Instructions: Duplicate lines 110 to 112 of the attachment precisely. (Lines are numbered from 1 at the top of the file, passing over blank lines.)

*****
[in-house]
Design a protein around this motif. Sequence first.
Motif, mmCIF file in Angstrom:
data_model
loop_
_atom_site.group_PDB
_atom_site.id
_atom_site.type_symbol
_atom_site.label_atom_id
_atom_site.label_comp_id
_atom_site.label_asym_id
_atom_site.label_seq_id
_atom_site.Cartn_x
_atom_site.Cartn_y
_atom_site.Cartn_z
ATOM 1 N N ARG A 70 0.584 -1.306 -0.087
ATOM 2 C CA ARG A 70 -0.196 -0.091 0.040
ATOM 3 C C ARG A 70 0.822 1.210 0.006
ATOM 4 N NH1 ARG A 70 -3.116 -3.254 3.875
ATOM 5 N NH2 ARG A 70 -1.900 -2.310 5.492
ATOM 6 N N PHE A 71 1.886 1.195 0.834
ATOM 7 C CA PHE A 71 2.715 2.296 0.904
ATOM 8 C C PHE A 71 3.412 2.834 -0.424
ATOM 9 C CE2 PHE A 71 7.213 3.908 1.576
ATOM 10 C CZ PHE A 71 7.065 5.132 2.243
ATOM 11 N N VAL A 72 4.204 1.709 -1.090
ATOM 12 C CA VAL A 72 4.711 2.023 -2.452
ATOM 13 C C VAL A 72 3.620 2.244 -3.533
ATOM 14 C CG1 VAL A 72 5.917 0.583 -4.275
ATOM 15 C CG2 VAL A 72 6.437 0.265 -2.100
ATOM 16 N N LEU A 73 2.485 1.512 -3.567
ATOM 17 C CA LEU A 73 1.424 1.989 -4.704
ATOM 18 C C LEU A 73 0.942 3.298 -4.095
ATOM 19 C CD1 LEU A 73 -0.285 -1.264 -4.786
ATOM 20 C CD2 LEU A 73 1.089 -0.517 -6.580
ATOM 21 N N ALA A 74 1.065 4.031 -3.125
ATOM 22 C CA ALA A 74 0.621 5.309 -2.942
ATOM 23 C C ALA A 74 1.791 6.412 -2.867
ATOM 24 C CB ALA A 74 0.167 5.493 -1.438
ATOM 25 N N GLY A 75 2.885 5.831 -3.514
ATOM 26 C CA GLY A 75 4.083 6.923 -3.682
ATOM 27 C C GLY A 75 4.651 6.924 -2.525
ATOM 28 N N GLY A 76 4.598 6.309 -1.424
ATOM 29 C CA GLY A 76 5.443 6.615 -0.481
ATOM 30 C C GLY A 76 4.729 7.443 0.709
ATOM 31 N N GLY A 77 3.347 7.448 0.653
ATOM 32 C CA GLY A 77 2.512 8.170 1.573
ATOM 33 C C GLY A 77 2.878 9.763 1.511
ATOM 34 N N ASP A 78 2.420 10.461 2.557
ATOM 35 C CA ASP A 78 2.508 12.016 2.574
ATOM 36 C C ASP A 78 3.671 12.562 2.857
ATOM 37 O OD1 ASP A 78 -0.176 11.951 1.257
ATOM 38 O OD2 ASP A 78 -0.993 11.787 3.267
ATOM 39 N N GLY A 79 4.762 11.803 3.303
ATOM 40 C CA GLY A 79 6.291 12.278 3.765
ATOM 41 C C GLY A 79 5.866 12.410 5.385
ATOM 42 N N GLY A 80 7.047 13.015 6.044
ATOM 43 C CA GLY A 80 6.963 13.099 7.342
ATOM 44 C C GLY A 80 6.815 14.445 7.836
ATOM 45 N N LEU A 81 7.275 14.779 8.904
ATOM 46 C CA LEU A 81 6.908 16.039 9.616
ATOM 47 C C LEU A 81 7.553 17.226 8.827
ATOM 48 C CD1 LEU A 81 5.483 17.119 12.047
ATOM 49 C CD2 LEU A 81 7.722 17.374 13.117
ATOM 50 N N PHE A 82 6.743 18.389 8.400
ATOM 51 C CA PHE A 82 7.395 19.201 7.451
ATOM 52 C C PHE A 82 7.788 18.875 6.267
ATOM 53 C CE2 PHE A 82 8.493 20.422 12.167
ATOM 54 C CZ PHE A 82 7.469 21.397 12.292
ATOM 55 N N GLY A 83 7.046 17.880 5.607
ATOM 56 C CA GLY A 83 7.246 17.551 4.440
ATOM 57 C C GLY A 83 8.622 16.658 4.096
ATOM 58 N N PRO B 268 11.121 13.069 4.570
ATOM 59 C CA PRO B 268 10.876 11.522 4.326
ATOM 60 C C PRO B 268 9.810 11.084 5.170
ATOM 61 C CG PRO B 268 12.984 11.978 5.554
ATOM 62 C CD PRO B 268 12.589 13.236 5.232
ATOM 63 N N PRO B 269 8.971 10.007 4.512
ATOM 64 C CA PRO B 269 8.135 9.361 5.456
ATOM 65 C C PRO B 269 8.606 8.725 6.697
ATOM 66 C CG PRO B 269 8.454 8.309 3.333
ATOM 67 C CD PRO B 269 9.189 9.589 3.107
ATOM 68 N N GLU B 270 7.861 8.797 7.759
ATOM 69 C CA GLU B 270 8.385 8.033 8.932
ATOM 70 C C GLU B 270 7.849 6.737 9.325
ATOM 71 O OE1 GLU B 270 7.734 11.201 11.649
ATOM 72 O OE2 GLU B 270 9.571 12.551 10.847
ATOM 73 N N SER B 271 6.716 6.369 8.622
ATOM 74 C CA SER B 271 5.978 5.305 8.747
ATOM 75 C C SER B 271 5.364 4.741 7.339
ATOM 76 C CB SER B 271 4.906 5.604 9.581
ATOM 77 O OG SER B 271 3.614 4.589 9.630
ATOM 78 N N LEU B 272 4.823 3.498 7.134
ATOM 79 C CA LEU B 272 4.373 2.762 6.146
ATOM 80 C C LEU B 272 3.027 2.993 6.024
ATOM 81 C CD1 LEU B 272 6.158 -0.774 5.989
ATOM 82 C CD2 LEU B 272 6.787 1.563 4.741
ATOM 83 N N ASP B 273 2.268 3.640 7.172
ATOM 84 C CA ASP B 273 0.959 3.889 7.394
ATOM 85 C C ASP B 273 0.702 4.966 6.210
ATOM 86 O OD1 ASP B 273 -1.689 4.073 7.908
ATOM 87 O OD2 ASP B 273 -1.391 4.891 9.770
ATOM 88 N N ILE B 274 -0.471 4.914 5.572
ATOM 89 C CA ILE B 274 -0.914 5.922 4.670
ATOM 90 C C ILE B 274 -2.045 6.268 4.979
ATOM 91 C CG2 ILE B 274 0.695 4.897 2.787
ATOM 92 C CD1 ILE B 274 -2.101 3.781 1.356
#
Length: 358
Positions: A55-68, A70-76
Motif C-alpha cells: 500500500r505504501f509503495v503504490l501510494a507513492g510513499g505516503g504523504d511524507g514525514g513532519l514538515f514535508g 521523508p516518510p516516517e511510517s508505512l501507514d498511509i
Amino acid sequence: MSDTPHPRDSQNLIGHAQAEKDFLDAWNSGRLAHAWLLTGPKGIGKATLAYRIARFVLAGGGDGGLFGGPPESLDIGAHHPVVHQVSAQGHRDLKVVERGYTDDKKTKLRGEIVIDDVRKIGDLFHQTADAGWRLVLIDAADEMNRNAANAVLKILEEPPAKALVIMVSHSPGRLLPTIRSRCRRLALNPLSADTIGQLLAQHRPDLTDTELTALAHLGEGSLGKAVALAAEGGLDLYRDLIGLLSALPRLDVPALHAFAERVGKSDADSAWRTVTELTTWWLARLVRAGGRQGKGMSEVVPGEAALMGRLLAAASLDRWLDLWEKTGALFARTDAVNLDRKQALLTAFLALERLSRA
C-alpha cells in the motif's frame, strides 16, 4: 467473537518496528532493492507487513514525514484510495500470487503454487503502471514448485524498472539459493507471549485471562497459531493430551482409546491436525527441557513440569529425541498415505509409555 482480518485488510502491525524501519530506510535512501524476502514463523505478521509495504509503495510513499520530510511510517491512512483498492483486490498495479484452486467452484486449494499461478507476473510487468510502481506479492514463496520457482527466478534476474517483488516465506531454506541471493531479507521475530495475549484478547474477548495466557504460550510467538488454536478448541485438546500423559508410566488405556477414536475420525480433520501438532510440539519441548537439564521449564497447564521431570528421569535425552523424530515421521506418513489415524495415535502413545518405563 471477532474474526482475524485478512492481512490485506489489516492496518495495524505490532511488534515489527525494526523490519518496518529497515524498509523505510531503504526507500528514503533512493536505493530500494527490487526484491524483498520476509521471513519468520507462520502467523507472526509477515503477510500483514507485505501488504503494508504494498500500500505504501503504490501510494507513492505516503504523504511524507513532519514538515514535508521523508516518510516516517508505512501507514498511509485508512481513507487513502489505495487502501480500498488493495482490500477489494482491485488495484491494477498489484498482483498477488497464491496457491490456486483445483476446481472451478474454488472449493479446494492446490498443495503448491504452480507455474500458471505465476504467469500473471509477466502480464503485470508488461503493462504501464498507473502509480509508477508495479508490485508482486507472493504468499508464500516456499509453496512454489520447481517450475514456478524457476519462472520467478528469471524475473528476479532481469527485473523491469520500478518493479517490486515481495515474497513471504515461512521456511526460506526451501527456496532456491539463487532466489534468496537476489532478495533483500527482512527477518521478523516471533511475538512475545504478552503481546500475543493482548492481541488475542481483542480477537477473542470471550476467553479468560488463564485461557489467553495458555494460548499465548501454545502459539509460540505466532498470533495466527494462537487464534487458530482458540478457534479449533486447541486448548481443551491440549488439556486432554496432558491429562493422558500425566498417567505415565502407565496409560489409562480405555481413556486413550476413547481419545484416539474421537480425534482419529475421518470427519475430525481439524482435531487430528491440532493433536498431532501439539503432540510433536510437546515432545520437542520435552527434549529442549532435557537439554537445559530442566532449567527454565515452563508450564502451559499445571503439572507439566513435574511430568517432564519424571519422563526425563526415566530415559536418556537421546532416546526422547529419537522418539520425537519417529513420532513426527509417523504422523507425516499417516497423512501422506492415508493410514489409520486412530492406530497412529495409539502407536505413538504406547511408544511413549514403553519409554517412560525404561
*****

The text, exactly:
Positions: A55-68, A70-76
Motif C-alpha cells: 500500500r505504501f509503495v503504490l501510494a507513492g510513499g505516503g504523504d511524507g514525514g513532519l514538515f514535508g 521523508p516518510p516516517e511510517s508505512l501507514d498511509i
Amino acid sequence: MSDTPHPRDSQNLIGHAQAEKDFLDAWNSGRLAHAWLLTGPKGIGKATLAYRIARFVLAGGGDGGLFGGPPESLDIGAHHPVVHQVSAQGHRDLKVVERGYTDDKKTKLRGEIVIDDVRKIGDLFHQTADAGWRLVLIDAADEMNRNAANAVLKILEEPPAKALVIMVSHSPGRLLPTIRSRCRRLALNPLSADTIGQLLAQHRPDLTDTELTALAHLGEGSLGKAVALAAEGGLDLYRDLIGLLSALPRLDVPALHAFAERVGKSDADSAWRTVTELTTWWLARLVRAGGRQGKGMSEVVPGEAALMGRLLAAASLDRWLDLWEKTGALFARTDAVNLDRKQALLTAFLALERLSRA